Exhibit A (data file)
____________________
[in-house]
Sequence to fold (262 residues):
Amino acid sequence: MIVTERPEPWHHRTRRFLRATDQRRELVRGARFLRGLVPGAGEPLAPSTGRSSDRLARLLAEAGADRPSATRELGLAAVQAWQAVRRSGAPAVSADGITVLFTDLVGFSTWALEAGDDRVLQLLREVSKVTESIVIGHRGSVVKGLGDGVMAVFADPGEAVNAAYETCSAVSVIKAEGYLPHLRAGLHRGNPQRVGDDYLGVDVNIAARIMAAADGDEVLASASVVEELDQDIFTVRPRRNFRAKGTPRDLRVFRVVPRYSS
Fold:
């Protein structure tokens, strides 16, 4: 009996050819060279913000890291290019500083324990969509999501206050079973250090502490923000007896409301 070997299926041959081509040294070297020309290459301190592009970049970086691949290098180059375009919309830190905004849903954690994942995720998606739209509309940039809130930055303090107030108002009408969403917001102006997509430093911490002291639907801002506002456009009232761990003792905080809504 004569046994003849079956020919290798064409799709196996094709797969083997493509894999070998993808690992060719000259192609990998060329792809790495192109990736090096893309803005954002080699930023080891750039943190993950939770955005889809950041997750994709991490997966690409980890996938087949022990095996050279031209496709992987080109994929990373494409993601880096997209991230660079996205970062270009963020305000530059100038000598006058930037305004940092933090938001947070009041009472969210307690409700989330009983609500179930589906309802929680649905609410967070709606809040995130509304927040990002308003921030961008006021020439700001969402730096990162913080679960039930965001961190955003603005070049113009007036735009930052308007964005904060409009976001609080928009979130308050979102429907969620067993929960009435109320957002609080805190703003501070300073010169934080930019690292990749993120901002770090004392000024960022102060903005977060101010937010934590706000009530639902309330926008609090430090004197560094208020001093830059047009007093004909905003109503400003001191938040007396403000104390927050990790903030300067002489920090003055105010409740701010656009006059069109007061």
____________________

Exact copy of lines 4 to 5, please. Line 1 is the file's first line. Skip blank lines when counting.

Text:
Fold:
């Protein structure tokens, strides 16, 4: 009996050819060279913000890291290019500083324990969509999501206050079973250090502490923000007896409301 070997299926041959081509040294070297020309290459301190592009970049970086691949290098180059375009919309830190905004849903954690994942995720998606739209509309940039809130930055303090107030108002009408969403917001102006997509430093911490002291639907801002506002456009009232761990003792905080809504 004569046994003849079956020919290798064409799709196996094709797969083997493509894999070998993808690992060719000259192609990998060329792809790495192109990736090096893309803005954002080699930023080891750039943190993950939770955005889809950041997750994709991490997966690409980890996938087949022990095996050279031209496709992987080109994929990373494409993601880096997209991230660079996205970062270009963020305000530059100038000598006058930037305004940092933090938001947070009041009472969210307690409700989330009983609500179930589906309802929680649905609410967070709606809040995130509304927040990002308003921030961008006021020439700001969402730096990162913080679960039930965001961190955003603005070049113009007036735009930052308007964005904060409009976001609080928009979130308050979102429907969620067993929960009435109320957002609080805190703003501070300073010169934080930019690292990749993120901002770090004392000024960022102060903005977060101010937010934590706000009530639902309330926008609090430090004197560094208020001093830059047009007093004909905003109503400003001191938040007396403000104390927050990790903030300067002489920090003055105010409740701010656009006059069109007061």